Juuso Walden retired from his posts of chairman and managing director at the end of 1969, after 17 years in the former job and 30 in the latter. He died in 1972. His successor was Niilo Hakkarainen. Great changes were made to the company’s organization after Walden’s retirement and the whole company was reorganized into profit centers. A Joint Action Committee was created, with representatives of the plant workers, the office staff, and the management of the seven profit centers, to promote participation in the company’s activities in welfare, training, and information. While the forest industry went through another downward cycle between 1970 and 1972 the company went on investing in plant, including a new board mill at Simpele. It also took over the plastic-films business of Sáteri Oy and expanded these converting operations.
In the same period, however, the company had to dispose of its small subsidiary operations in Iceland and Italy and cease production of window glass at Valke. The depression was followed by a boom period from 1972 to 1974, and the Finnish forest industry benefited from the signing of free trade agreements with the European Community in Western Europe and Comecon in the East. In 1974, a new paper machine was installed at Jámsánkoski. As wood became scarcer and more expensive, the company led the paper industry in developing a new, lighter type of newsprint made from thermo-mechanical rather than chemical pulp, to reduce the paper’s wood content and save on transport and storage costs.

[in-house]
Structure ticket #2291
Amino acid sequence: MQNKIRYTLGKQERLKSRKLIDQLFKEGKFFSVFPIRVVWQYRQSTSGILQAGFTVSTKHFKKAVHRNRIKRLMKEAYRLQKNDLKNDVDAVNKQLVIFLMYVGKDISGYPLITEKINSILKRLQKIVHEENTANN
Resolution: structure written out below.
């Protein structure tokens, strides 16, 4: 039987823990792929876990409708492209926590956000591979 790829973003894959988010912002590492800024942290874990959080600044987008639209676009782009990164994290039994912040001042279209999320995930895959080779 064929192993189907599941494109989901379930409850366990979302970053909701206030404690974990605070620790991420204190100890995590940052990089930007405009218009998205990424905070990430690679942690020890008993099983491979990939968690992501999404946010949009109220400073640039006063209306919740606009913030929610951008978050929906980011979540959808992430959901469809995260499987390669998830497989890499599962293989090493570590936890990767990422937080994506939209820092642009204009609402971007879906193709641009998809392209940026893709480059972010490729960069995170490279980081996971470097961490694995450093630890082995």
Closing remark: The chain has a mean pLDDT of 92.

The boom was shortlived, however, for the company’s profits from the rising price of paper were soon affected by the combined recession and inflation that began to spread throughout its main customer countries in 1974. One result of the slump was the further disposal of foreign subsidiaries, leaving only one by 1975, Dowdings Ltd. in the United Kingdom. In its domestic profit centers United Paper Mills had to halt production and lay off workers for long periods throughout 1975. Once again subsidiaries were absorbed into the parent company, while the company also acquired the assets of Mikko Kaloinen Oy, which owned two sawmills that had ceased production. Overall output for 1975 was nearly 30% lower than in 1974, and matters improved only slightly in 1976, largely because Raf. Haarla Oy, a paper converter of which United Paper Mills had previously owned 10%, was merged with the company. The year 1977 was the fourth bad year in succession, made worse by the collapse in the price of chemical pulp.